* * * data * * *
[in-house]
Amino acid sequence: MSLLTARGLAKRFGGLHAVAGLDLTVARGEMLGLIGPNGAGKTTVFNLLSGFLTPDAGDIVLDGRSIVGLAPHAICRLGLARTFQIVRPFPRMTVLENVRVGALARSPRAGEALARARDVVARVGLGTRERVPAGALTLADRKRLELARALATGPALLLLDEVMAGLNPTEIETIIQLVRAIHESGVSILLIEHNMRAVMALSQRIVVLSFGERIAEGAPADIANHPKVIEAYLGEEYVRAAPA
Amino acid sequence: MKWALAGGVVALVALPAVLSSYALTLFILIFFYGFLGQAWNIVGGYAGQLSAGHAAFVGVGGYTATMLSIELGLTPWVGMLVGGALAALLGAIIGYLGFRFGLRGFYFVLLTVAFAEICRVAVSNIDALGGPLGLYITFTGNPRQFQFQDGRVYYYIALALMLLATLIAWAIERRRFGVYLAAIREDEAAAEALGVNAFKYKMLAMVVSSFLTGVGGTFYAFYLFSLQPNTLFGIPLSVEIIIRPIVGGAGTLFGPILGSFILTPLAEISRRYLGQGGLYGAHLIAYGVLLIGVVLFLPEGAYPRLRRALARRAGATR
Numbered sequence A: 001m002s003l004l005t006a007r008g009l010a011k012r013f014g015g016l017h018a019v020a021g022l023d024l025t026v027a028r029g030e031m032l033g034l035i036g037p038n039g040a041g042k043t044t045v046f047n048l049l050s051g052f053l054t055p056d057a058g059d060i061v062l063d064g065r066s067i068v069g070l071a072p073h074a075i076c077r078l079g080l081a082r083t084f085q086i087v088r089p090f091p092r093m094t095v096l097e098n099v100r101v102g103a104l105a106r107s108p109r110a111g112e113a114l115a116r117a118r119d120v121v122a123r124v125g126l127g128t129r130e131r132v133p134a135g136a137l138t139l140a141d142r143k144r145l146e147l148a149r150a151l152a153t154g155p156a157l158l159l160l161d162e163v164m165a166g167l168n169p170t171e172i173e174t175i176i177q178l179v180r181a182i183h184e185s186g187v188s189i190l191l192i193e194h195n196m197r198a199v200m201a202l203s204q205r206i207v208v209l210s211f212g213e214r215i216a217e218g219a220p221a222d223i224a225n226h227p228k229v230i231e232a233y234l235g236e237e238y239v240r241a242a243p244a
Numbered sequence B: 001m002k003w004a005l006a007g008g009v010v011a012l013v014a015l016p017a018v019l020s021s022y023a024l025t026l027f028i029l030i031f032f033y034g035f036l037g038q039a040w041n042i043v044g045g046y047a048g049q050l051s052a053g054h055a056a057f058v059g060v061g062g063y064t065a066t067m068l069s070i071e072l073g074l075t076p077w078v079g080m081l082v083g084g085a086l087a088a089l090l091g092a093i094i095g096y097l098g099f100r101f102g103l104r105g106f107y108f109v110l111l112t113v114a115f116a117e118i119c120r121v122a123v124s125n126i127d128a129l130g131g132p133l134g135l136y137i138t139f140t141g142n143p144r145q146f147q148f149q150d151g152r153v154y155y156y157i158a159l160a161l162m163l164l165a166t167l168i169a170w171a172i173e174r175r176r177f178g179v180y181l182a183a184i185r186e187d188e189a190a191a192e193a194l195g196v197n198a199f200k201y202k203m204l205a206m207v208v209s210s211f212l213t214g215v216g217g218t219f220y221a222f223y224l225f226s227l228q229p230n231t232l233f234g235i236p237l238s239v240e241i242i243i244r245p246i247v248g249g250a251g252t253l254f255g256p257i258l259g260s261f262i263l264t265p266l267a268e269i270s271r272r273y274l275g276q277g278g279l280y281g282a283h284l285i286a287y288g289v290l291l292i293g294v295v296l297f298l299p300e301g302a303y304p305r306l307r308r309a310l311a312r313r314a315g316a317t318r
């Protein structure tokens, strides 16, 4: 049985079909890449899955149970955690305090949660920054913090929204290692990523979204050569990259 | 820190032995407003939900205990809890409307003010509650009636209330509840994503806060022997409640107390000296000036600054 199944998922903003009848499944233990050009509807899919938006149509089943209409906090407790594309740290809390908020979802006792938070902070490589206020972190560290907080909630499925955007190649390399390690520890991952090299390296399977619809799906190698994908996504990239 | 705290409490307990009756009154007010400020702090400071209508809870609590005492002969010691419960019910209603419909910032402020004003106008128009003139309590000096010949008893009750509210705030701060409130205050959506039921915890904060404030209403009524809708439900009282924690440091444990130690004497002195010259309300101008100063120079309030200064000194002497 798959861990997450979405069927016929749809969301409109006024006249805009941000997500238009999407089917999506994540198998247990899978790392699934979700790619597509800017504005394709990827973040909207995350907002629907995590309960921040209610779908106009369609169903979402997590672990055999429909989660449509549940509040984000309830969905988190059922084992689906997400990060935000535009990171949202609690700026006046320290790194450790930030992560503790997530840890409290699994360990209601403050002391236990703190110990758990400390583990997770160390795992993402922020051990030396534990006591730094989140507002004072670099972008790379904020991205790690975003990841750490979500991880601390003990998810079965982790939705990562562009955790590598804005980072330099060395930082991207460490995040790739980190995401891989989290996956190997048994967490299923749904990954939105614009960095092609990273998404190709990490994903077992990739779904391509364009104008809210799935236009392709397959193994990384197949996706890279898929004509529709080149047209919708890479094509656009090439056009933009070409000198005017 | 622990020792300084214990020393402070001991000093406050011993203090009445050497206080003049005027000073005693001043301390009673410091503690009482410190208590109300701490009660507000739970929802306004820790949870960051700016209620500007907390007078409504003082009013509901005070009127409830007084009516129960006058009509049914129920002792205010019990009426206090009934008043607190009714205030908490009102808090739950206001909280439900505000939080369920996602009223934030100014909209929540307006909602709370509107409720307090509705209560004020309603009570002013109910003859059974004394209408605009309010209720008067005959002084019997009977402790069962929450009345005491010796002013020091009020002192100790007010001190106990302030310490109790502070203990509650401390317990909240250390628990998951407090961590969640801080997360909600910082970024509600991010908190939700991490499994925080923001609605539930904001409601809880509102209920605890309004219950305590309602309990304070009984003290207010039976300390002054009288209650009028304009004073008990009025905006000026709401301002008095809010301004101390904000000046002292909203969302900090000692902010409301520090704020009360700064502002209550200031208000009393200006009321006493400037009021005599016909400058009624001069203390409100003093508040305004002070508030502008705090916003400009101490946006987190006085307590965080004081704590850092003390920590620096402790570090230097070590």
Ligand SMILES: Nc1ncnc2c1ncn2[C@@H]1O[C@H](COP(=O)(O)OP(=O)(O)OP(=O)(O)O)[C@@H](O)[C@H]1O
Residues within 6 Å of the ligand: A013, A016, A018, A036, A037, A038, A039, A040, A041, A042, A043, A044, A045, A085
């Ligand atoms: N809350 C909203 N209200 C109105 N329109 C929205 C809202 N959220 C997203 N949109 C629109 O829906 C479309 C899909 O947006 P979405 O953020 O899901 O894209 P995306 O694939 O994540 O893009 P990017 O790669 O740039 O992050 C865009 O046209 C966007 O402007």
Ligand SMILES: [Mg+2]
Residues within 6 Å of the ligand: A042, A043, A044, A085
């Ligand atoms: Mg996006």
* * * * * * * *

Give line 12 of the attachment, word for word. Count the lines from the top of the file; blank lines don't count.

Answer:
């Ligand atoms: Mg996006």